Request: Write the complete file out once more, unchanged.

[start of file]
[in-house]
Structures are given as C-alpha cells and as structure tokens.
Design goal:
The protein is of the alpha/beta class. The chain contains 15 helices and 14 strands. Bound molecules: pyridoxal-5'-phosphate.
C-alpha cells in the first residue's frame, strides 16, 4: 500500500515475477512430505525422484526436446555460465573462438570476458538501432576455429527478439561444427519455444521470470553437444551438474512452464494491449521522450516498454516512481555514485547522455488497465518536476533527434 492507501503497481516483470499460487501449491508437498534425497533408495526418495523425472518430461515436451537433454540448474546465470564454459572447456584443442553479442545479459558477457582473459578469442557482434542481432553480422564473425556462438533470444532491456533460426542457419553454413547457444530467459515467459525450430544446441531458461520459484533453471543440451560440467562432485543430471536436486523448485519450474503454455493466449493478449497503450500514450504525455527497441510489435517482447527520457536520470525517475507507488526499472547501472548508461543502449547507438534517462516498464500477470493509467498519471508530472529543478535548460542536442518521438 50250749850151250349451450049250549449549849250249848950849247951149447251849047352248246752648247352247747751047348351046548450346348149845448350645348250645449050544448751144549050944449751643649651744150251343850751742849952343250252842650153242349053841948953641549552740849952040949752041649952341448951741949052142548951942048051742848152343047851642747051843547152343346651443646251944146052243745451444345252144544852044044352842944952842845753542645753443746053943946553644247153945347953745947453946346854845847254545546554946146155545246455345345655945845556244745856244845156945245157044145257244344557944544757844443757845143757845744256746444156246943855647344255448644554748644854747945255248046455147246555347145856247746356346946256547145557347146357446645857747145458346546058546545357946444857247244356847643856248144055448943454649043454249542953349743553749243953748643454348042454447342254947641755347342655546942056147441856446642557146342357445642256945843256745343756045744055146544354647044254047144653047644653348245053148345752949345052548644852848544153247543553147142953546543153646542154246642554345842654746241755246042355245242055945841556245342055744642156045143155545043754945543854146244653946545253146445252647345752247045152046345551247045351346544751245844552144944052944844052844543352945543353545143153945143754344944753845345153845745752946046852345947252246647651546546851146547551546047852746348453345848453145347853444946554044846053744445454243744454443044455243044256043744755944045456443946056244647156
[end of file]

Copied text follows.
[in-house]
Structures are given as C-alpha cells and as structure tokens.
Design goal:
The protein is of the alpha/beta class. The chain contains 15 helices and 14 strands. Bound molecules: pyridoxal-5'-phosphate.
C-alpha cells in the first residue's frame, strides 16, 4: 500500500515475477512430505525422484526436446555460465573462438570476458538501432576455429527478439561444427519455444521470470553437444551438474512452464494491449521522450516498454516512481555514485547522455488497465518536476533527434 492507501503497481516483470499460487501449491508437498534425497533408495526418495523425472518430461515436451537433454540448474546465470564454459572447456584443442553479442545479459558477457582473459578469442557482434542481432553480422564473425556462438533470444532491456533460426542457419553454413547457444530467459515467459525450430544446441531458461520459484533453471543440451560440467562432485543430471536436486523448485519450474503454455493466449493478449497503450500514450504525455527497441510489435517482447527520457536520470525517475507507488526499472547501472548508461543502449547507438534517462516498464500477470493509467498519471508530472529543478535548460542536442518521438 50250749850151250349451450049250549449549849250249848950849247951149447251849047352248246752648247352247747751047348351046548450346348149845448350645348250645449050544448751144549050944449751643649651744150251343850751742849952343250252842650153242349053841948953641549552740849952040949752041649952341448951741949052142548951942048051742848152343047851642747051843547152343346651443646251944146052243745451444345252144544852044044352842944952842845753542645753443746053943946553644247153945347953745947453946346854845847254545546554946146155545246455345345655945845556244745856244845156945245157044145257244344557944544757844443757845143757845744256746444156246943855647344255448644554748644854747945255248046455147246555347145856247746356346946256547145557347146357446645857747145458346546058546545357946444857247244356847643856248144055448943454649043454249542953349743553749243953748643454348042454447342254947641755347342655546942056147441856446642557146342357445642256945843256745343756045744055146544354647044254047144653047644653348245053148345752949345052548644852848544153247543553147142953546543153646542154246642554345842654746241755246042355245242055945841556245342055744642156045143155545043754945543854146244653946545253146445252647345752247045152046345551247045351346544751245844552144944052944844052844543352945543353545143153945143754344944753845345153845745752946046852345947252246647651546546851146547551546047852746348453345848453145347853444946554044846053744445454243744454443044455243044256043744755944045456443946056244647156